Should the government provide more of a costly public good?
Bengt Kriström and Per-Olov Johansson develop cost-benefit rules to help assess the social profitability of providing more of a public good. While governments generally provide public goods such as parks, police and fire services, and environmental protection, they are not free. This paper examines how to assess the costs of raising additional funds to finance public goods, such as increases in income, lump sum or ad valorem taxes. The article develops a simpler CBA rule to assess the welfare impacts of raising wage taxes which is less data intensive and involved than existing rules. The results will help policy makers invest scarce public resources efficiently by identifying public good projects that are the most productive for society. The article appears in the second issue of Environmental Economics 2010.Read the article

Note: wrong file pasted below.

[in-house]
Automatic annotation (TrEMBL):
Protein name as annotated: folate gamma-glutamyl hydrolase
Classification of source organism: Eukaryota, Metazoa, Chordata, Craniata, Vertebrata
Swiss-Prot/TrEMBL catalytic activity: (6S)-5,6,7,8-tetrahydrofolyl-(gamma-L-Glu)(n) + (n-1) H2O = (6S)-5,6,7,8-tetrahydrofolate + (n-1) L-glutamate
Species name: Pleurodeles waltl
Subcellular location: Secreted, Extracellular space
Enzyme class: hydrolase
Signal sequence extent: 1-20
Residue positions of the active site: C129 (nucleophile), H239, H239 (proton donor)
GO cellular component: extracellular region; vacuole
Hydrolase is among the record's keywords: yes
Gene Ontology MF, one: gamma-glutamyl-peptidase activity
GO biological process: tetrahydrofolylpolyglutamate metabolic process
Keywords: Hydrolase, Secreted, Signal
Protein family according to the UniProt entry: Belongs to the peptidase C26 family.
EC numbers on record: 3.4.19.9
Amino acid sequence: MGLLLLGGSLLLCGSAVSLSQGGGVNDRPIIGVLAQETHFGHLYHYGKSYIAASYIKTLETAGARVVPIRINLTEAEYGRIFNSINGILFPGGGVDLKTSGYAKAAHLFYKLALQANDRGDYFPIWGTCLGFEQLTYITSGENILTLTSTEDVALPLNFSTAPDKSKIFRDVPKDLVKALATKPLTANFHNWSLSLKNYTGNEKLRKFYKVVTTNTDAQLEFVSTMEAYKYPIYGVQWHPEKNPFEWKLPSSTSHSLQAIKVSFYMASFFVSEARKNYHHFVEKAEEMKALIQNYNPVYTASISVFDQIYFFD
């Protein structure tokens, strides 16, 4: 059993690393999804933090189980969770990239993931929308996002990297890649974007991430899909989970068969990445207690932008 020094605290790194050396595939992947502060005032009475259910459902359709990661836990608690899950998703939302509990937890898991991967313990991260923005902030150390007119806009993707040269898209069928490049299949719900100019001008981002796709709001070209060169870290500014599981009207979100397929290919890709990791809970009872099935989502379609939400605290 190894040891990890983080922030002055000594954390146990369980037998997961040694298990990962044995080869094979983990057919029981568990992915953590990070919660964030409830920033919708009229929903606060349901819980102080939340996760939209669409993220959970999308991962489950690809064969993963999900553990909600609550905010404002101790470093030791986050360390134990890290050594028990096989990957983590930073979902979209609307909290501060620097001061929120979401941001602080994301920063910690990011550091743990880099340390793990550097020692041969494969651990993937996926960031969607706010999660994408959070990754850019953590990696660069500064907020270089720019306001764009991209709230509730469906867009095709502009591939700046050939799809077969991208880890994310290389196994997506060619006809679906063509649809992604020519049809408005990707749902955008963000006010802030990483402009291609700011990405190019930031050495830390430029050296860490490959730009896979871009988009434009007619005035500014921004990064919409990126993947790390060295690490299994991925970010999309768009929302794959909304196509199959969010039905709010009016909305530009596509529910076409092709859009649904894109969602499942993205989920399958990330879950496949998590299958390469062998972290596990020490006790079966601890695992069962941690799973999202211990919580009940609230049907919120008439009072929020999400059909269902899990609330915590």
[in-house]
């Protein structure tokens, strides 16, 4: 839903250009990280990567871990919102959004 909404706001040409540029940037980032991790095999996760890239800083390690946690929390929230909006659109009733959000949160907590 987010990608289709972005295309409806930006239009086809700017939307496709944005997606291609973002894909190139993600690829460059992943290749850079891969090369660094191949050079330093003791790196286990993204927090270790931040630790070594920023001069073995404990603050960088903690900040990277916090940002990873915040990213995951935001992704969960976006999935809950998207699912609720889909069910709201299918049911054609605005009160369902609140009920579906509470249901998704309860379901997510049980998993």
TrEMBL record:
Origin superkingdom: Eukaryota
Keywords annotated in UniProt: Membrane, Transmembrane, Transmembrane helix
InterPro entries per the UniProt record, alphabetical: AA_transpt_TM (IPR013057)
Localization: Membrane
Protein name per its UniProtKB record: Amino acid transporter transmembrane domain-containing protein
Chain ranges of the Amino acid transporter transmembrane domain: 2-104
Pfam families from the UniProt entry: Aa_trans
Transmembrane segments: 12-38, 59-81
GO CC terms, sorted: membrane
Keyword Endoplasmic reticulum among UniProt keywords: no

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Wind energy produces CO2-free energy, but is it free of other externalities?
In a recently published article in the Journal of Restoration Ecology Scott Cole suggests that the Environmental Impact Assessment (EIA) process for wind power development include consideration of environmental compensation measures aimed at enhancing, restoring, improving, or otherwise benefiting affected bird populations. Scott argues that compensation is "not for the birds" but for society in the sense that the success of environmental compensation is judged by whether it improves social welfare.
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